156 Situations Wanted
EXPERIENCED WAITER OR DO
mestic helper desires work. Col
lege student. References. Address
806 No. 6.
170 Wanted
WANTED SMALL H O U SE OR
lower apartment. Must have 2 bed
rooms. Telephone 1139-W.
WANTED LARGE CLEAN RAGS
to bring to Press Room. Star-News,
Murchison Bldg.
FOR QUICK RENTAL RESULTS.
List You; Vacancies in the Want
Ads. Phone 2800—Cos* Small.
WANTED 5 OR 6 ROOM UNFUR
nished bungalow. Convenient to
downtown. State price and loca
tion- “House” care Star-News;
180 Legal
lxixiikixxoticl
Having qualified as executrix of
the estate of Edward Clayton Moore.
Sr., deceased, late of New Hanover
County, North Carolina, this is to
notify all persons having claims
against the estate to exhibit them
to the undersigned at 314 Tide Water
Building. Wilmington, N. C„ on or
before May 3, 1941, or this notice
will be pleaded in bar of recovery.
All persons indebted to said estate
will please make immediate payment.
This the 3rd dav of May. 1940.
DELLA POWELL MOORE.
Executrix of the Estate of Ed
ward Clayton Moore. Sr.
E. Clayton Moore, Jr., Attorney.
INCREASE IN U. S.
INCOME REPORTED
Estimate On Wages During
First Third Of 1940 Given
By Government
WASHINGTON, May 30—<^P)—
American wages and other income
were $1,147,000,000 higher in the
first four months of 1940 than in
the same period of 1939, the com
merce department estimated to
day.
A department statement noted,
however, that the rate of increase
over last year had been declining
since the first of the year. In
January and February, for in
stance, income was about 6 per
cent higher than in the same 1939
months, while March and April
income was about 4 per cent high
er than the corresponding months
last year.
Wages and salaries made the
biggest gain compared with a year
ago, but, after allowance for sea
sonal factors, a slight decline was
indicated since the first of this
year.
For the first four months, total
income from all sources was $23,
478.000. 000, the department cal
culated
Of this figure, it reported, $14,
871.000. 000 was paid out in wages
and salaries, an increase of $699,
000,000; $2,944,000,000 was paid
out in dividends and interest, an
increase of $152,000,000; $4,703,000,
000 was paid out in rents, royal
ties and profits from unincorporat
ed businesses, an increase of $248,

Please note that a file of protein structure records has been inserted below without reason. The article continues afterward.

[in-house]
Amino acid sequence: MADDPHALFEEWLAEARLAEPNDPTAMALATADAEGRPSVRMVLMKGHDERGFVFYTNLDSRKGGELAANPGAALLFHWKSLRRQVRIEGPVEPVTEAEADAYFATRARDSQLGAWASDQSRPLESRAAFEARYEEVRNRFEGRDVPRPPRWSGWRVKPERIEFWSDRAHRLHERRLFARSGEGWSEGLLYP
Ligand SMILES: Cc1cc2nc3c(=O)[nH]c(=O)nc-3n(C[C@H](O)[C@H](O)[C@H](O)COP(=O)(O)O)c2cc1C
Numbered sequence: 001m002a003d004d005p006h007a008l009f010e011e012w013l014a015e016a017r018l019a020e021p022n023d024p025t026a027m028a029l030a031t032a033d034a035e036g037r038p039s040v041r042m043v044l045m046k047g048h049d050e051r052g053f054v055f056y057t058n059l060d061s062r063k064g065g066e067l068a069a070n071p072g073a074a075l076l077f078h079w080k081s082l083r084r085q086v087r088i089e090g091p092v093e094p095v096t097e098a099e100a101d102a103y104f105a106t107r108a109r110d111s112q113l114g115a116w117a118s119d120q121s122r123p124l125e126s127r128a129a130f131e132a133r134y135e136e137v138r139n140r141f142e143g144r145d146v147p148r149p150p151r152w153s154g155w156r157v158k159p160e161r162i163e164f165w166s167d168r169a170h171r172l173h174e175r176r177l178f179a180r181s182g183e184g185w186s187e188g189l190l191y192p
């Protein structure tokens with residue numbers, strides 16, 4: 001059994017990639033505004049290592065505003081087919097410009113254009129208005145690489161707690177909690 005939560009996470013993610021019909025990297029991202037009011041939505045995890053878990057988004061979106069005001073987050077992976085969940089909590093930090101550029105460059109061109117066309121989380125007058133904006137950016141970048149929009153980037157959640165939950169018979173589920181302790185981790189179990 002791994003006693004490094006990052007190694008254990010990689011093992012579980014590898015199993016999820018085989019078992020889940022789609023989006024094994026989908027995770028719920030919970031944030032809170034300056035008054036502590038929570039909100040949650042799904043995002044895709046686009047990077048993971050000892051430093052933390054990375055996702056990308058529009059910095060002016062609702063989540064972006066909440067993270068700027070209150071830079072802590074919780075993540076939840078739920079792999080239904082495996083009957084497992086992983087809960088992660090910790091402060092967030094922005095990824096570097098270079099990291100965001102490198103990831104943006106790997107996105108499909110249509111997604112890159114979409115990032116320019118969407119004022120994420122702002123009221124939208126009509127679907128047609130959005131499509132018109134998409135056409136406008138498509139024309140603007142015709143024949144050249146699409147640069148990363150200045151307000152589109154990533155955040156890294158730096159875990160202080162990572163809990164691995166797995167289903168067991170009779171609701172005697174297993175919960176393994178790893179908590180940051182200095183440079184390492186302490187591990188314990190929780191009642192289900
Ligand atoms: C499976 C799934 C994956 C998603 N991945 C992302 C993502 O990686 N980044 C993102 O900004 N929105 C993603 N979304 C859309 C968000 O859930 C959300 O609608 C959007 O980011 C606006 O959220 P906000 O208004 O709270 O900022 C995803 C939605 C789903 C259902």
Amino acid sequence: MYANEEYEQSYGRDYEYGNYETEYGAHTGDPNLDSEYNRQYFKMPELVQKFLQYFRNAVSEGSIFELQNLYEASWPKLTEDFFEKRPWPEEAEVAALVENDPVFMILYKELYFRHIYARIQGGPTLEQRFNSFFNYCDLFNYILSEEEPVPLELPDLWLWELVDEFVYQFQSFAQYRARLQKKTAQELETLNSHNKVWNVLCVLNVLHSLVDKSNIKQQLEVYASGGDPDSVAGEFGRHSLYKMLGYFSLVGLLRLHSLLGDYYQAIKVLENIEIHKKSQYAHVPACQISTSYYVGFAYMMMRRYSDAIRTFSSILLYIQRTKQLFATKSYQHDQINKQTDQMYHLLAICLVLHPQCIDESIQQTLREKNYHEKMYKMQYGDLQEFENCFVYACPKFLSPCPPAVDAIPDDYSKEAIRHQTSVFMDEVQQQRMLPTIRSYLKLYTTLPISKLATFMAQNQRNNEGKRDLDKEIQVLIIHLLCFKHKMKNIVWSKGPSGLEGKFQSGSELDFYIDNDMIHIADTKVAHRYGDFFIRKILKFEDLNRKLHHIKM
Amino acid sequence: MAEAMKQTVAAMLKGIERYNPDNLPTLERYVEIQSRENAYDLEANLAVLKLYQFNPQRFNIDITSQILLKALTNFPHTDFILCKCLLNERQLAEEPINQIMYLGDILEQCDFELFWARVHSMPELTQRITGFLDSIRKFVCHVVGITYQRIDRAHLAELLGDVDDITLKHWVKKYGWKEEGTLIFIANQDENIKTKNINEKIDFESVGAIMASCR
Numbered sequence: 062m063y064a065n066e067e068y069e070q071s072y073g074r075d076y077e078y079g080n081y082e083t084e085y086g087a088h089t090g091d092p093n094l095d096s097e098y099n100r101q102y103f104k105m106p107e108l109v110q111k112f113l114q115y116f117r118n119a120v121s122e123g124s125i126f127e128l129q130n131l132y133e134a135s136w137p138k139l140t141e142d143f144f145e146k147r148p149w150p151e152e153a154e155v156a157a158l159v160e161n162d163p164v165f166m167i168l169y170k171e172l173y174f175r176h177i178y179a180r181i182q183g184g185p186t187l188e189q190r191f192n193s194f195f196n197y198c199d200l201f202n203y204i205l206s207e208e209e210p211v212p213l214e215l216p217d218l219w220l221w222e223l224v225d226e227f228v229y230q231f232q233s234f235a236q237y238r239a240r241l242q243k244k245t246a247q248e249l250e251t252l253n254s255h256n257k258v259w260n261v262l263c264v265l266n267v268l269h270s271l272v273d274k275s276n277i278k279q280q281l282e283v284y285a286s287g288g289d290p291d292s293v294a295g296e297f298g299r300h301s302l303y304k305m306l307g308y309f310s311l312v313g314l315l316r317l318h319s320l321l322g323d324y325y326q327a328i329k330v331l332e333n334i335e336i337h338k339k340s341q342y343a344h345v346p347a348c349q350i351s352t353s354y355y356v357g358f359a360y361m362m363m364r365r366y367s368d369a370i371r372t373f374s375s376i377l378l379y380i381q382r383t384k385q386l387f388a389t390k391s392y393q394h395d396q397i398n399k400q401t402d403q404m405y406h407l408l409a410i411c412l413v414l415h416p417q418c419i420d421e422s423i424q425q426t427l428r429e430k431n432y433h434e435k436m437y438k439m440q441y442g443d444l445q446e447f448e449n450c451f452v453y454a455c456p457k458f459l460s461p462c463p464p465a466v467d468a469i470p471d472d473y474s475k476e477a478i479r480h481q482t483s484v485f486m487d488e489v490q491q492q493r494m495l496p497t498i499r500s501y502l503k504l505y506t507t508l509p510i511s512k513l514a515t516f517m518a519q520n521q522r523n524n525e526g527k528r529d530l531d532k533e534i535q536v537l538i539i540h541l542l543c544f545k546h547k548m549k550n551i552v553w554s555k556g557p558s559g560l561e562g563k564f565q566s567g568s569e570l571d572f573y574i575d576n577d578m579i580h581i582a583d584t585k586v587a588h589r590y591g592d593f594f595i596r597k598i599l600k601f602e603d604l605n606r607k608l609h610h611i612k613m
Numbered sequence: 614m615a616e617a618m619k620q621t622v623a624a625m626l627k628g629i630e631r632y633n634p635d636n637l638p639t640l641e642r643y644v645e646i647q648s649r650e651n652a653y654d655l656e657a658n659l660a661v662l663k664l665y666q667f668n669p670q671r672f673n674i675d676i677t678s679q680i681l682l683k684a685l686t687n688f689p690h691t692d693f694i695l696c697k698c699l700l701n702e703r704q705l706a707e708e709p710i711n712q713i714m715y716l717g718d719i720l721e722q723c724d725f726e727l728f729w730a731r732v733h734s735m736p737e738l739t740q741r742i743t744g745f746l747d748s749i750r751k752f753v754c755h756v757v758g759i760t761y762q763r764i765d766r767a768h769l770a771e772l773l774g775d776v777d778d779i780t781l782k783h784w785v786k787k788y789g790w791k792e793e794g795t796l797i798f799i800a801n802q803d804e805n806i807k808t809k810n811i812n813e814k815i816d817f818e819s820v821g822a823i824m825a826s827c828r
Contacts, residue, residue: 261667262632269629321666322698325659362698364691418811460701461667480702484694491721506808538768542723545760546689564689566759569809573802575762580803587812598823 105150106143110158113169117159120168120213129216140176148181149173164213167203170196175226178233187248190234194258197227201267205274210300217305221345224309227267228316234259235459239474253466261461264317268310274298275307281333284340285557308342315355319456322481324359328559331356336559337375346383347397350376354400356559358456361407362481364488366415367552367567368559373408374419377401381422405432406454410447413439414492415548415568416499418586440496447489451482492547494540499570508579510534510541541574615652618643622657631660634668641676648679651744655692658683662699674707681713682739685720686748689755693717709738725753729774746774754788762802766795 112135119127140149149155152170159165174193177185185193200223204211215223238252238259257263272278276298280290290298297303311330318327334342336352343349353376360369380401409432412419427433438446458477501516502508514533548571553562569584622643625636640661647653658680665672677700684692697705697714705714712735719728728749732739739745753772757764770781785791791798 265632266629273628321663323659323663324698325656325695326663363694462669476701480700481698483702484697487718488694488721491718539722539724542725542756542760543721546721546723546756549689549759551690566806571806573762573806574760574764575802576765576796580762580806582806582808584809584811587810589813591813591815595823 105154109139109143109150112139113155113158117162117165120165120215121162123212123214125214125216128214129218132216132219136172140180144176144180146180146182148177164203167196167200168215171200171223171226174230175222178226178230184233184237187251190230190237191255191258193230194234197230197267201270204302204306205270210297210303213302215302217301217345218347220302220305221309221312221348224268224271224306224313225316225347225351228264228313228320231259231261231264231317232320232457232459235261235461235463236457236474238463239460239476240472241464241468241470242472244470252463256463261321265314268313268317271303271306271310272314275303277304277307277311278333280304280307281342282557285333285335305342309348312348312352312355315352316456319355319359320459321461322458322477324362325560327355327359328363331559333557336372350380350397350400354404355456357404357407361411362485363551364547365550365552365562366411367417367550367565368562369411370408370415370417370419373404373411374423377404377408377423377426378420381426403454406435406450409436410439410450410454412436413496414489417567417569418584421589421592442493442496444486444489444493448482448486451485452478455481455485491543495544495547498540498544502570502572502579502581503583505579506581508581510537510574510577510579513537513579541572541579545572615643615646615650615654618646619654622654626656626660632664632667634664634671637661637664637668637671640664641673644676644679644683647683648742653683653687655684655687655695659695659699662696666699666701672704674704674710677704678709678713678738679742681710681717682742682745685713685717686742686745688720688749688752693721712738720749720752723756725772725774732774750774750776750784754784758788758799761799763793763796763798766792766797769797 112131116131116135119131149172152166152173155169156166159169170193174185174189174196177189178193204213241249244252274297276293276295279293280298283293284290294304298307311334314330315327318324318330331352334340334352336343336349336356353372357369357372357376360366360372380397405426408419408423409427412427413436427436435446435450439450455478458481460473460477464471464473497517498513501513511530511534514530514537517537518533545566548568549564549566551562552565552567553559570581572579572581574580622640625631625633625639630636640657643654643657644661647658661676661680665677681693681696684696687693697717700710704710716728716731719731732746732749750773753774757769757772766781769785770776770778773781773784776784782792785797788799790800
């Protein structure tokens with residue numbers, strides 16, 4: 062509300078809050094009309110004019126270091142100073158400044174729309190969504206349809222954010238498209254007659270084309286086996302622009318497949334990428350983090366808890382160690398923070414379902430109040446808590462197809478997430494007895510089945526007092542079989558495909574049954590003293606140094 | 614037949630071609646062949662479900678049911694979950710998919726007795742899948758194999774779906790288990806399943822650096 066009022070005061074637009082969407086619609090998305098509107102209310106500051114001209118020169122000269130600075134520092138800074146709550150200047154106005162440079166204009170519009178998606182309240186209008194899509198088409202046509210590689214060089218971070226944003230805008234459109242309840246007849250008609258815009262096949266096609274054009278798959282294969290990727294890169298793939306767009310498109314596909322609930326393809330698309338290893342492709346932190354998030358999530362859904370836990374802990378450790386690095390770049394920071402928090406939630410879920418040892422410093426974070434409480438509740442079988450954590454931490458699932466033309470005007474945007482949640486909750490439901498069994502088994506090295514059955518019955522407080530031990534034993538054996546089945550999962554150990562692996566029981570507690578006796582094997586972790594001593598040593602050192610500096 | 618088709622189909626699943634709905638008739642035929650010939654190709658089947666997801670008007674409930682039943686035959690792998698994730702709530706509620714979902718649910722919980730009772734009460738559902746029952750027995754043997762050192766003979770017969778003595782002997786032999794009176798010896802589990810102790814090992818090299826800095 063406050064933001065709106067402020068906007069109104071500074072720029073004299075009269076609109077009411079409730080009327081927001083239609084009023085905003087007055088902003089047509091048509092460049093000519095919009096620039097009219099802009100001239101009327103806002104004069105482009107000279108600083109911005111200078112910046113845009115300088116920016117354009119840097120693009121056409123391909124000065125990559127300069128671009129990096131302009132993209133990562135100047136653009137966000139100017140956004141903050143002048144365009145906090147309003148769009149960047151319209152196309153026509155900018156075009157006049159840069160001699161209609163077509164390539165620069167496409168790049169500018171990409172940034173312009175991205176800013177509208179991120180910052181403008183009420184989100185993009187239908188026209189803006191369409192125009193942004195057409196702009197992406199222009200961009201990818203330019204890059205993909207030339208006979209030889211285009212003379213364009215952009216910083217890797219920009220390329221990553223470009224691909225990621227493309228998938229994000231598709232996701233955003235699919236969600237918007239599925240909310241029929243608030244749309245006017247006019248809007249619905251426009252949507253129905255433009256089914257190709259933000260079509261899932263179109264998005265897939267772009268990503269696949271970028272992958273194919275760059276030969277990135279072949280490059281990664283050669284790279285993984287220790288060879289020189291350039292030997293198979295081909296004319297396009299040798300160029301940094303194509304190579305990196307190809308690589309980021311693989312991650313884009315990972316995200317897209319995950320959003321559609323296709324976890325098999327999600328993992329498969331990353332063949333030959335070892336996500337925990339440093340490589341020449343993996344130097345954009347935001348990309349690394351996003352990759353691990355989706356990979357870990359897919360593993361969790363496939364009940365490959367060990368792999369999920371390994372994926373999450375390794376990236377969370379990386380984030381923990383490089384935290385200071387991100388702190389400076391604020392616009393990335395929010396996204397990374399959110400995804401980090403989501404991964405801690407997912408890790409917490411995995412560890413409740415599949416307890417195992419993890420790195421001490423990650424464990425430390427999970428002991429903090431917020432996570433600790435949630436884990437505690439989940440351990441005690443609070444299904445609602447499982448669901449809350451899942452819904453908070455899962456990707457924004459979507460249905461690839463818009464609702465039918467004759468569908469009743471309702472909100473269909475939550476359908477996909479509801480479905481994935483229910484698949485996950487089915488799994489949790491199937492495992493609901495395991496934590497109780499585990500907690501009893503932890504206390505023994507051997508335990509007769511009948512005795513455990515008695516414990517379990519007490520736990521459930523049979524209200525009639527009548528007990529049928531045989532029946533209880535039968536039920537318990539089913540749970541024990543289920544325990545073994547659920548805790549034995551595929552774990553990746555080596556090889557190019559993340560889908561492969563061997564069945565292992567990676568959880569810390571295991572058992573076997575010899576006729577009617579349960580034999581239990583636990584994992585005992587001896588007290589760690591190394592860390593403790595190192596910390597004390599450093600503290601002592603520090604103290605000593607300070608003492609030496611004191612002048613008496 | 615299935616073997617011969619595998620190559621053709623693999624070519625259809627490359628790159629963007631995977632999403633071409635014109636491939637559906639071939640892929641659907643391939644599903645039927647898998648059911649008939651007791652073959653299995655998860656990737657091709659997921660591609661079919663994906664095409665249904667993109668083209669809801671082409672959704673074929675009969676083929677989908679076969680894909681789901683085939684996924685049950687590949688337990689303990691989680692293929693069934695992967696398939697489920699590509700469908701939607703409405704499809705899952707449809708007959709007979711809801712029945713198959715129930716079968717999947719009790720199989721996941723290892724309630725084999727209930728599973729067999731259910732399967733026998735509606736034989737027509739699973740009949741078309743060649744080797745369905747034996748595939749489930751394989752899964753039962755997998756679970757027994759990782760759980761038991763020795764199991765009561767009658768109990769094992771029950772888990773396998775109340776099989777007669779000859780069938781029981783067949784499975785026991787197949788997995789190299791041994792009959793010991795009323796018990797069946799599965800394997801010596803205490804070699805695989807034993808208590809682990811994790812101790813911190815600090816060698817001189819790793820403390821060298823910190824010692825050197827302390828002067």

000,000; and $960,000,000 was paid
| out in relief and similar payments,
a gain of $48,000,000 over a year
ago. 3
England Turns Plane
Engine Patents Over
To U. S. Government
WASHINGTON. May 3—(IP)—
England turned the patents on its
prize airplane engine over to the
United States today to facilitate
production of power plants both
for the American and Allied air
fleets.
The announcement was made by
Dr. George Jackson Mead, air
craft adviser to secretary of the
treasury Henry Morgenthau, Jr.
Mead said the British gave this,
government full rights to use in
any desired manner the patents to
its famed “Merlin”—A 12-cylinder,
liquid-cooled Rolls-R o y c e — the
same engine powering British
“Spitfires,” “Hurrican” and other
speedy pursuit ships.
Negro Is Injured When
Tornado Hits Vandemere
WASHINGTON, May 30. —UP)—
A tornado hit the town of Vande
mere near here about 1:30 p. m.
today, injured one person and de
molished about twenty small build
ings.
James Mizzelle, an Atlantic Coast
Line Railway section hand, had a
leg almost severed when a garage
biew down on him.
Reports here said the waterfront
was not damaged.
The damage was confined to one
section of town. Trees were uproot
ed and telephone poles twisted away.
Vandemere, a town of about 600
population, is in Pamlico county.
LINER NEARS IRELAND
NEW YORK, May 30.—UP)—The
American liner President Roosevelt,
sent by the state department to
Galway, Ireland, to remove Ameri
cans fleeing war areas, is expected
to arrive there tomorrow night, the
U. S. Lines said today. The liner
left New York May 24.
daily crossword
ACROSS*. 9. Bird’s beak 28. Pronoun
1. Often 10. Small child 29. Singing
(poet.) 12. Illusory bird
4. Perform image 34. Music note
7. French 16. Ready 35. Calm
cheese money 36. Bum
8. A blessing 17. A butterfly 37. Type of
10. Article of 18. Type molding
furniture measure 38. Floor cov
11. Short 20. A footway erings
13. Seed 21. Region 39. Affirmative
coating 22. Conflicts reply
14. Mediterran- 23. Sloth 41. Haul Yesterday’* Answer
ean island 24. Compact 42. Russian 45. Pronoun
15. Found out 26. Father river 46. Crushing snake
20. Stroke ZzZ ^_///_‘ UJ.
E:_Ii_
25. Therefore IO y/ il (2
26. Turkish coin //,
27. Destroys --77y?77?7u
30. Tightly draw 15 XX /// XX 14
31. Note of scale 7— — —--7“ -y. 7"-r-r-; -777 ——
32. Dried grass ~> 16 17 Id XX XX
33. Strain at -r-r- -rr~____ Z22 ___